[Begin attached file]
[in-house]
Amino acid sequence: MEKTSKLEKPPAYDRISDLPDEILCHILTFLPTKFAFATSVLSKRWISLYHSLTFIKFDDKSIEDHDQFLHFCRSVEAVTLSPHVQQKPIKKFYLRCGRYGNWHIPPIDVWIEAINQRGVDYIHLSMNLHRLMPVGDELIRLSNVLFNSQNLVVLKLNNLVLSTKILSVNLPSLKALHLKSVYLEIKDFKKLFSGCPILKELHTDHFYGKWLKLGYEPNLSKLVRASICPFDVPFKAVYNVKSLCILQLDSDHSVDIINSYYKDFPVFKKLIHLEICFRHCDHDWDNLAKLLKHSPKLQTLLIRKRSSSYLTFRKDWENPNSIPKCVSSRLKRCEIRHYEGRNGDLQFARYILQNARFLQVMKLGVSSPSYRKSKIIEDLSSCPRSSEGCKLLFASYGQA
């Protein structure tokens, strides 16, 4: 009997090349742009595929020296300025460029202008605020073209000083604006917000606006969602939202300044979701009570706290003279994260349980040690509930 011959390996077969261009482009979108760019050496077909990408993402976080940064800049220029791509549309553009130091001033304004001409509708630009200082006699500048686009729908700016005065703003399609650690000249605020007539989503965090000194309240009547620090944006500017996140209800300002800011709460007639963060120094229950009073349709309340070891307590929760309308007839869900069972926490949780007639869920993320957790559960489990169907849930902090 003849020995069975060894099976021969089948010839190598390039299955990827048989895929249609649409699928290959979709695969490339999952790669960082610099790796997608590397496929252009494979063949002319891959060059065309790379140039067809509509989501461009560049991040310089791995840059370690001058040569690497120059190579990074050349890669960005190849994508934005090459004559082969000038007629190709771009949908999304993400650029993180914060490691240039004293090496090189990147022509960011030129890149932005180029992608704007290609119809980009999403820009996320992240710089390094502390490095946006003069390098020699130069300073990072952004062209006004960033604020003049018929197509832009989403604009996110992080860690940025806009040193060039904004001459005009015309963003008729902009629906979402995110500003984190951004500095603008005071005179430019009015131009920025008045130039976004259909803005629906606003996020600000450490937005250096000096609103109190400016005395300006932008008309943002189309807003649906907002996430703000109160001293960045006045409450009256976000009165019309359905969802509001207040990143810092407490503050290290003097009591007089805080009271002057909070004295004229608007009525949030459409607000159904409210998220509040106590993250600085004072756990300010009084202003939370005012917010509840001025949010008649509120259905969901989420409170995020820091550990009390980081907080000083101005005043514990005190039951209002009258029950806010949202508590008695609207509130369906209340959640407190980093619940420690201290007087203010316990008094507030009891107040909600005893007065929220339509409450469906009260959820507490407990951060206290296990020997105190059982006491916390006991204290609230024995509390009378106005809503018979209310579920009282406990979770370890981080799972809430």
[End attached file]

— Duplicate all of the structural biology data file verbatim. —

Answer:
[in-house]
Amino acid sequence: MEKTSKLEKPPAYDRISDLPDEILCHILTFLPTKFAFATSVLSKRWISLYHSLTFIKFDDKSIEDHDQFLHFCRSVEAVTLSPHVQQKPIKKFYLRCGRYGNWHIPPIDVWIEAINQRGVDYIHLSMNLHRLMPVGDELIRLSNVLFNSQNLVVLKLNNLVLSTKILSVNLPSLKALHLKSVYLEIKDFKKLFSGCPILKELHTDHFYGKWLKLGYEPNLSKLVRASICPFDVPFKAVYNVKSLCILQLDSDHSVDIINSYYKDFPVFKKLIHLEICFRHCDHDWDNLAKLLKHSPKLQTLLIRKRSSSYLTFRKDWENPNSIPKCVSSRLKRCEIRHYEGRNGDLQFARYILQNARFLQVMKLGVSSPSYRKSKIIEDLSSCPRSSEGCKLLFASYGQA
């Protein structure tokens, strides 16, 4: 009997090349742009595929020296300025460029202008605020073209000083604006917000606006969602939202300044979701009570706290003279994260349980040690509930 011959390996077969261009482009979108760019050496077909990408993402976080940064800049220029791509549309553009130091001033304004001409509708630009200082006699500048686009729908700016005065703003399609650690000249605020007539989503965090000194309240009547620090944006500017996140209800300002800011709460007639963060120094229950009073349709309340070891307590929760309308007839869900069972926490949780007639869920993320957790559960489990169907849930902090 003849020995069975060894099976021969089948010839190598390039299955990827048989895929249609649409699928290959979709695969490339999952790669960082610099790796997608590397496929252009494979063949002319891959060059065309790379140039067809509509989501461009560049991040310089791995840059370690001058040569690497120059190579990074050349890669960005190849994508934005090459004559082969000038007629190709771009949908999304993400650029993180914060490691240039004293090496090189990147022509960011030129890149932005180029992608704007290609119809980009999403820009996320992240710089390094502390490095946006003069390098020699130069300073990072952004062209006004960033604020003049018929197509832009989403604009996110992080860690940025806009040193060039904004001459005009015309963003008729902009629906979402995110500003984190951004500095603008005071005179430019009015131009920025008045130039976004259909803005629906606003996020600000450490937005250096000096609103109190400016005395300006932008008309943002189309807003649906907002996430703000109160001293960045006045409450009256976000009165019309359905969802509001207040990143810092407490503050290290003097009591007089805080009271002057909070004295004229608007009525949030459409607000159904409210998220509040106590993250600085004072756990300010009084202003939370005012917010509840001025949010008649509120259905969901989420409170995020820091550990009390980081907080000083101005005043514990005190039951209002009258029950806010949202508590008695609207509130369906209340959640407190980093619940420690201290007087203010316990008094507030009891107040909600005893007065929220339509409450469906009260959820507490407990951060206290296990020997105190059982006491916390006991204290609230024995509390009378106005809503018979209310579920009282406990979770370890981080799972809430």